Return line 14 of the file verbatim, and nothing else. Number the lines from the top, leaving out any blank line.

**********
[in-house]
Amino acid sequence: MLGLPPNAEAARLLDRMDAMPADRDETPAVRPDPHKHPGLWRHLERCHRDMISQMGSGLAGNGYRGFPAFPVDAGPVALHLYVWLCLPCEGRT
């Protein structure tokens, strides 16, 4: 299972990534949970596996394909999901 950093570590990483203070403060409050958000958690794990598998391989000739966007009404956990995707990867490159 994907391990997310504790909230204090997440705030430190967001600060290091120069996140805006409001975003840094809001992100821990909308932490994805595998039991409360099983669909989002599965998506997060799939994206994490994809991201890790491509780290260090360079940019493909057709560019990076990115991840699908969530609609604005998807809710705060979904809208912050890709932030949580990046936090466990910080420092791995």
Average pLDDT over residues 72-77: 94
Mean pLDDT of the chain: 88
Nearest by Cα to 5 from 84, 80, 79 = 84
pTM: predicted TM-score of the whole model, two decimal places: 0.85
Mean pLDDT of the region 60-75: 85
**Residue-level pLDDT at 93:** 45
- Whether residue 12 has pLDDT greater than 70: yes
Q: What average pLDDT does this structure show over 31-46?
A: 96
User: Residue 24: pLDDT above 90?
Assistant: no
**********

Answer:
Assistant: no